Recent Thoughts On Church Growth

Recently I’ve been thinking about the state of the church, growth patterns and true effectiveness.

It seems like there is no rhyme or reason to why certain churches explode while others fail or stagnate. Why some seem to have limitless coffers and others are either in debt up to their eyeballs or go week to week checking to see if there is enough to keep the machine running.

I’m sure countless books have been written on this subject and I’m in no position to add to this wealth of knowledge, but I think I’ll at least try. I’m wondering if these three things might not have a significant impact on the growth potential of a church:

Location Saturation

Could it be that in any given area there is a level of saturation that exists when it comes to spirituality or religiosity? A percentage of the total population in an area that will be open to and engage in the process of finding a church? This would account for differences in church size in given areas. For example, if the percentage is fairly consistent, a church in rural america would have a smaller chance at growth than say a church in a major metropolitan area.

Sure this is simple thinking. I understand that there are numerous other variables at work. But I’m less interested in those. The truth of the matter seems to be that if you live in a community with 5,000 people, your church growth will be limited at some point based on the size of that community.

This does NOT mean you stop trying when you see your numbers level off! The Bible is clear that God isn’t interested in percentages or saturation models:

The Lord is not slack concerning His promise, as some men count slackness; but is long suffering to us-ward, not willing that any should perish, but that all should come to repentance. 2 Peter 3:9

Size / Potential for Connectedness

As a church grows, one of the biggest challenges it will face is the fact that is is growing. At some point you look at your church and say, “Wow! We’re a pretty large church. I don’t even see the Smith family anymore – wonder if they go to a different service?” And that’s when you realize that size can be detrimental. People start feeling disconnected in the crowd. They realize they can’t just walk up to the speaking pastor and expect that he will recognize them. They feel like they are just a number amongst a sea of other attendees.

But it doesn’t have to be like this. Churches that understand this phenomenon set up structures and processes to meet the needs. Everything from small groups to targeted educational and care groups to niche groups based on common interests help generate the relationships that can provide connectedness.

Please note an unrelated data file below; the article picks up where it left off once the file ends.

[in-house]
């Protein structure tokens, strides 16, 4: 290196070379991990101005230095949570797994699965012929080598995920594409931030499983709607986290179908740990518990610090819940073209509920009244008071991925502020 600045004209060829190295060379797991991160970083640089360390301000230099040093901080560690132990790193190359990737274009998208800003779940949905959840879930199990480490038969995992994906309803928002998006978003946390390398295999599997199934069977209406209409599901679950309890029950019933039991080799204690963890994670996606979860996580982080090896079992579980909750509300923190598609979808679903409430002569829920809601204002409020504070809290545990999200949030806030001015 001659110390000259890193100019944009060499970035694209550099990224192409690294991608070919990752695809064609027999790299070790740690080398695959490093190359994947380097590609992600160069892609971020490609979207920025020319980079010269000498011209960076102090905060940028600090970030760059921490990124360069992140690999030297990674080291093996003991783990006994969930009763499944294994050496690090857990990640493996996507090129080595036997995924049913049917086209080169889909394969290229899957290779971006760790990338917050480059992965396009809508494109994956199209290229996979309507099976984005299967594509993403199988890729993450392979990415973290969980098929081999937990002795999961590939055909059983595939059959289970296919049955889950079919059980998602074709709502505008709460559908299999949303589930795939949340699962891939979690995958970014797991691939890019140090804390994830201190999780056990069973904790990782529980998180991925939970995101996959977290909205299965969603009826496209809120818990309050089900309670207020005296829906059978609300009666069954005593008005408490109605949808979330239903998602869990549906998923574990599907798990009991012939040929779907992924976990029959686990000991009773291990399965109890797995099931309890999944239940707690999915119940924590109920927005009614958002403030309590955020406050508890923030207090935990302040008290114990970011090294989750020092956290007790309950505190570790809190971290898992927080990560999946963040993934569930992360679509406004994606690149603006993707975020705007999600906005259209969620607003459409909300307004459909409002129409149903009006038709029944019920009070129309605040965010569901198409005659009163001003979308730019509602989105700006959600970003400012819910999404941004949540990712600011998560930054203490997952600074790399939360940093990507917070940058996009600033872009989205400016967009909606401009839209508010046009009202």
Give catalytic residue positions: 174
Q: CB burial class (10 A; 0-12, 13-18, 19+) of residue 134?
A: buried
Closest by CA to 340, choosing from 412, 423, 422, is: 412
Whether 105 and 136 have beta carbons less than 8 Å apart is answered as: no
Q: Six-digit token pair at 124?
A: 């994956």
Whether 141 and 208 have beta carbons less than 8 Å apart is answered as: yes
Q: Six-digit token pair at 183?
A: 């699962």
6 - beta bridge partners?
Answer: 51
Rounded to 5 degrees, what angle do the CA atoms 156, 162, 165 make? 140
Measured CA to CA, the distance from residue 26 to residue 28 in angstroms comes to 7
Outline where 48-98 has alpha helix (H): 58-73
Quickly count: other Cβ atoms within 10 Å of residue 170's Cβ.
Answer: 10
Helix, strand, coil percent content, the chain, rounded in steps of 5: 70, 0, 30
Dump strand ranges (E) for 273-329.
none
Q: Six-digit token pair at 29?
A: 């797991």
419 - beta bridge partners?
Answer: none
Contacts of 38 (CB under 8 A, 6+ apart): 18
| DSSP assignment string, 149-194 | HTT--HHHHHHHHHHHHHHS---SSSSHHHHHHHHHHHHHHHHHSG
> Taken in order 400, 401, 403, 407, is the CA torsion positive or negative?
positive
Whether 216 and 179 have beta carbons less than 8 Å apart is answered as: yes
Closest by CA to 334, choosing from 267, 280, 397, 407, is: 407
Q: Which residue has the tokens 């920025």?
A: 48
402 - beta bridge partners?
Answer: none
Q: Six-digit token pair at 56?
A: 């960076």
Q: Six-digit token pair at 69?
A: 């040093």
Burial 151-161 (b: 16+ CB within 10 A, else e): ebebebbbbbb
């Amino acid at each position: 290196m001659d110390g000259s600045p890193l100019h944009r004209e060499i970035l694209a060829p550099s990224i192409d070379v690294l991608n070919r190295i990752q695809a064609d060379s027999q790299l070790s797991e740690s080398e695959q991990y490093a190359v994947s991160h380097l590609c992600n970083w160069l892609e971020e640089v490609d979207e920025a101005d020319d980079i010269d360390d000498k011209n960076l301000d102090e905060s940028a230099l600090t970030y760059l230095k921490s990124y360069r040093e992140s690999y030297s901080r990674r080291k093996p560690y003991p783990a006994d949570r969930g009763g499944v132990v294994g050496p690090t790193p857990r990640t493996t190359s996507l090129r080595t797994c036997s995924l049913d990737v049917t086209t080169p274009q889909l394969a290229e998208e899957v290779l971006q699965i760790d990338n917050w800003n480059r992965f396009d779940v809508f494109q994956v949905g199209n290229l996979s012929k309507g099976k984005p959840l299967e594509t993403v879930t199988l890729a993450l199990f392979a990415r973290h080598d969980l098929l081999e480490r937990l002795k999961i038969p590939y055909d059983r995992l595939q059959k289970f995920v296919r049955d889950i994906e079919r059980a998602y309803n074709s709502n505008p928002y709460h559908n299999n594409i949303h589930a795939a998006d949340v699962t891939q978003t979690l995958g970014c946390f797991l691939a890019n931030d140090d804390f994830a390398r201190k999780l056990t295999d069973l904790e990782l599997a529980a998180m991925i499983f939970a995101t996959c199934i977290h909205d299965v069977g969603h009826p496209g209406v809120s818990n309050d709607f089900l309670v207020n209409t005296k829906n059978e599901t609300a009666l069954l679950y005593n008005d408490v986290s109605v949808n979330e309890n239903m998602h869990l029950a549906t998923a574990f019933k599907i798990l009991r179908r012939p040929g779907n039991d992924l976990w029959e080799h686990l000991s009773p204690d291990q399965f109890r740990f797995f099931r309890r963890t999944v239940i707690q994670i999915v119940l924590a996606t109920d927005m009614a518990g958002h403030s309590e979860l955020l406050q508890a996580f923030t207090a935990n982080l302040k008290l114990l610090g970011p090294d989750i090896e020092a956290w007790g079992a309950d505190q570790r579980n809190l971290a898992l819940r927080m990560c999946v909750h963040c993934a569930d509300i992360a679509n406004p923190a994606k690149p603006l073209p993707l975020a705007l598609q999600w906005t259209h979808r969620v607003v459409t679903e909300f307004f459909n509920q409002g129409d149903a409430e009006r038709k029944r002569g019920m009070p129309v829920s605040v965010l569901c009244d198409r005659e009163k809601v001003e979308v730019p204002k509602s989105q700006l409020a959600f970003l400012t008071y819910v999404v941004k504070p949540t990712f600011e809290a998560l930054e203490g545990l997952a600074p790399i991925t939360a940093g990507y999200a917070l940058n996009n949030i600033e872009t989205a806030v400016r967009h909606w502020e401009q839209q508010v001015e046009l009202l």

However, fail to understand this and it can potentially block future growth.

Environmental & Social Temperature

The last area I feel has a huge impact on growth is the location you find yourself in socially. Not necessarily the size as discussed earlier (though this has a big impact on it). This is more the following:

  • Socioeconomic level: It’s obvious that money is a factor. The Bible explains: It’s harder for a rich man to get into heaven than a Camel to pass through the eye of a needle. So money can probably stunt church growth as well. People who have a lot tend to feel like they are in control of their own lives – thus making it more difficult to see the need for God (not an absolute fact – but happens quite often).
  • Spiritual threshold: Let’s break this down into three environments: evil/sinful, moderate and morally upright. My suggestion is that the best environment for church growth is probably the moderate environment. Here’s why: In the evil/sinful environment where evil just seems to permeate the city/country it has traditionally been difficult to make headway. Look at the story of Lot in Sodom and Gamorrah – slight inroads but the city ended up being destroyed based on the lifestyles of its inhabitants. On the other end of the spectrum you have the environment with upright Biblical values and a very low crime rate where people feel good about themselves and others. Similar to being rich – it seems like people in these environments may not see a need for God in their lives since they are living such “godly” lives already. The moderate environment pulls in all levels of spirituality, evil, crime and good behavior/right living. In my estimation this provides the best environment for church growth (not that you only attempt to reach certain environments – just making inferences on growth potential).
  • Level of persecution/freedom: And finally – it appears that the level of freedom versus persecution plays a HUGE factor in the growth of the church. There are examples throughout history, but just look at the world we live in today. The church in America and in Europe is stagnant, dying or growing at fairly low rates. The church in China, India and other areas is growing exponentially. It would suggest that there is a correlation between growth and the level of freedom you enjoy (of course in these countries you also must factor in the socioeconomic levels and the spiritual threshold).

Like I said earlier – I’m not an expert on this topic and could easily be convinced that parts of my thinking were not entirely well thought out.

I just figured I’d write down some of the things running through my brain and see if it made sense on paper.